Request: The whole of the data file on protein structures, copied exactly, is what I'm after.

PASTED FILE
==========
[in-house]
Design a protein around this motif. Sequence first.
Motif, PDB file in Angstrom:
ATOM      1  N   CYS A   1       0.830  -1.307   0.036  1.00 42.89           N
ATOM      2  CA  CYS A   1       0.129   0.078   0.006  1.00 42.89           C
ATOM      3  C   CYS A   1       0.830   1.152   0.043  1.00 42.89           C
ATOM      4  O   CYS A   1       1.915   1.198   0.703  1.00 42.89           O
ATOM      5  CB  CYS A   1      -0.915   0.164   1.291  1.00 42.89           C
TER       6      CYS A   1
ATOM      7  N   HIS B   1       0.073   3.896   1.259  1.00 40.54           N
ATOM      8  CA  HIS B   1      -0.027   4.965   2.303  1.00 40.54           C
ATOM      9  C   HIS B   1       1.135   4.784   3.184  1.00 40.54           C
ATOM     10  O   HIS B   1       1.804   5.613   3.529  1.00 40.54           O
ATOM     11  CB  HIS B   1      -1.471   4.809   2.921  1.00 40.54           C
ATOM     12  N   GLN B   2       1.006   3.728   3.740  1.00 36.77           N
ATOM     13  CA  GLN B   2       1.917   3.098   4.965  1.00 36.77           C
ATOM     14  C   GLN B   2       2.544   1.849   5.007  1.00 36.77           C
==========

[in-house]
Design a protein around this motif. Sequence first.
Motif, PDB file in Angstrom:
ATOM      1  N   CYS A   1       0.830  -1.307   0.036  1.00 42.89           N
ATOM      2  CA  CYS A   1       0.129   0.078   0.006  1.00 42.89           C
ATOM      3  C   CYS A   1       0.830   1.152   0.043  1.00 42.89           C
ATOM      4  O   CYS A   1       1.915   1.198   0.703  1.00 42.89           O
ATOM      5  CB  CYS A   1      -0.915   0.164   1.291  1.00 42.89           C
TER       6      CYS A   1
ATOM      7  N   HIS B   1       0.073   3.896   1.259  1.00 40.54           N
ATOM      8  CA  HIS B   1      -0.027   4.965   2.303  1.00 40.54           C
ATOM      9  C   HIS B   1       1.135   4.784   3.184  1.00 40.54           C
ATOM     10  O   HIS B   1       1.804   5.613   3.529  1.00 40.54           O
ATOM     11  CB  HIS B   1      -1.471   4.809   2.921  1.00 40.54           C
ATOM     12  N   GLN B   2       1.006   3.728   3.740  1.00 36.77           N
ATOM     13  CA  GLN B   2       1.917   3.098   4.965  1.00 36.77           C
ATOM     14  C   GLN B   2       2.544   1.849   5.007  1.00 36.77           C